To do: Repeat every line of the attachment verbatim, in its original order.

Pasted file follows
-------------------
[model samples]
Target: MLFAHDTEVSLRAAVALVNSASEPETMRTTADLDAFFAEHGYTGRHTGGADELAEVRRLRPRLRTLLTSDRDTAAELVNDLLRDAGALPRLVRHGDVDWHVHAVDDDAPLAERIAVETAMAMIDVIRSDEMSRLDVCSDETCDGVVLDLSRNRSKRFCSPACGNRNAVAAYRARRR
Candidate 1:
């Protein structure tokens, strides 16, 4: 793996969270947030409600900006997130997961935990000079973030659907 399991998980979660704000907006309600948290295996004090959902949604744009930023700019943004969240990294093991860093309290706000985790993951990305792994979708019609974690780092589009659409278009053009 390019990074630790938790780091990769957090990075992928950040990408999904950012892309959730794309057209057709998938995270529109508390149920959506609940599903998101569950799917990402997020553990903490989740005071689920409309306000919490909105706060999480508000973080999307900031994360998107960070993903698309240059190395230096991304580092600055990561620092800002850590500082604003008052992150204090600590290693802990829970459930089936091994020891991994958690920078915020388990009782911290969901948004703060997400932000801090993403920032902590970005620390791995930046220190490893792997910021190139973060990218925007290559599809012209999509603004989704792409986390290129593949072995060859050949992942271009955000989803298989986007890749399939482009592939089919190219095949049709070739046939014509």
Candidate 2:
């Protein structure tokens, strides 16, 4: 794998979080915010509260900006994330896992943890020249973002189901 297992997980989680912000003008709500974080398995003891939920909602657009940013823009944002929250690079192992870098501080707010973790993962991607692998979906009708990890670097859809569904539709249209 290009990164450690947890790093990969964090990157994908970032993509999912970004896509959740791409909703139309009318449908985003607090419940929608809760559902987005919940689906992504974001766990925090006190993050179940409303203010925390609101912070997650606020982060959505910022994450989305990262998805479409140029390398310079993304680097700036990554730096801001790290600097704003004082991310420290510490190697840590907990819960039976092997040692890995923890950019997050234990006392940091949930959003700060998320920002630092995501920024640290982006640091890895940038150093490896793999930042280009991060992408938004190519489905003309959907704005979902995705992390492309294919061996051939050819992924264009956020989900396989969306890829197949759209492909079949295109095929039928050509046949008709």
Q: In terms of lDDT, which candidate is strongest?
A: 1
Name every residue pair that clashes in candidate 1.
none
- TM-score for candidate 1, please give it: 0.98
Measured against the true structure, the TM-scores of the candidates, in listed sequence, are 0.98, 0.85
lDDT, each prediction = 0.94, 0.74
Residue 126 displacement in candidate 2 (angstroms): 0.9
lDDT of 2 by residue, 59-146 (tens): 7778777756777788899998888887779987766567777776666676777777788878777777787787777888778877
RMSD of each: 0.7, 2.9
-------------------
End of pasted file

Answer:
[model samples]
Target: MLFAHDTEVSLRAAVALVNSASEPETMRTTADLDAFFAEHGYTGRHTGGADELAEVRRLRPRLRTLLTSDRDTAAELVNDLLRDAGALPRLVRHGDVDWHVHAVDDDAPLAERIAVETAMAMIDVIRSDEMSRLDVCSDETCDGVVLDLSRNRSKRFCSPACGNRNAVAAYRARRR
Candidate 1:
């Protein structure tokens, strides 16, 4: 793996969270947030409600900006997130997961935990000079973030659907 399991998980979660704000907006309600948290295996004090959902949604744009930023700019943004969240990294093991860093309290706000985790993951990305792994979708019609974690780092589009659409278009053009 390019990074630790938790780091990769957090990075992928950040990408999904950012892309959730794309057209057709998938995270529109508390149920959506609940599903998101569950799917990402997020553990903490989740005071689920409309306000919490909105706060999480508000973080999307900031994360998107960070993903698309240059190395230096991304580092600055990561620092800002850590500082604003008052992150204090600590290693802990829970459930089936091994020891991994958690920078915020388990009782911290969901948004703060997400932000801090993403920032902590970005620390791995930046220190490893792997910021190139973060990218925007290559599809012209999509603004989704792409986390290129593949072995060859050949992942271009955000989803298989986007890749399939482009592939089919190219095949049709070739046939014509």
Candidate 2:
């Protein structure tokens, strides 16, 4: 794998979080915010509260900006994330896992943890020249973002189901 297992997980989680912000003008709500974080398995003891939920909602657009940013823009944002929250690079192992870098501080707010973790993962991607692998979906009708990890670097859809569904539709249209 290009990164450690947890790093990969964090990157994908970032993509999912970004896509959740791409909703139309009318449908985003607090419940929608809760559902987005919940689906992504974001766990925090006190993050179940409303203010925390609101912070997650606020982060959505910022994450989305990262998805479409140029390398310079993304680097700036990554730096801001790290600097704003004082991310420290510490190697840590907990819960039976092997040692890995923890950019997050234990006392940091949930959003700060998320920002630092995501920024640290982006640091890895940038150093490896793999930042280009991060992408938004190519489905003309959907704005979902995705992390492309294919061996051939050819992924264009956020989900396989969306890829197949759209492909079949295109095929039928050509046949008709």
Q: In terms of lDDT, which candidate is strongest?
A: 1
Name every residue pair that clashes in candidate 1.
none
- TM-score for candidate 1, please give it: 0.98
Measured against the true structure, the TM-scores of the candidates, in listed sequence, are 0.98, 0.85
lDDT, each prediction = 0.94, 0.74
Residue 126 displacement in candidate 2 (angstroms): 0.9
lDDT of 2 by residue, 59-146 (tens): 7778777756777788899998888887779987766567777776666676777777788878777777787787777888778877
RMSD of each: 0.7, 2.9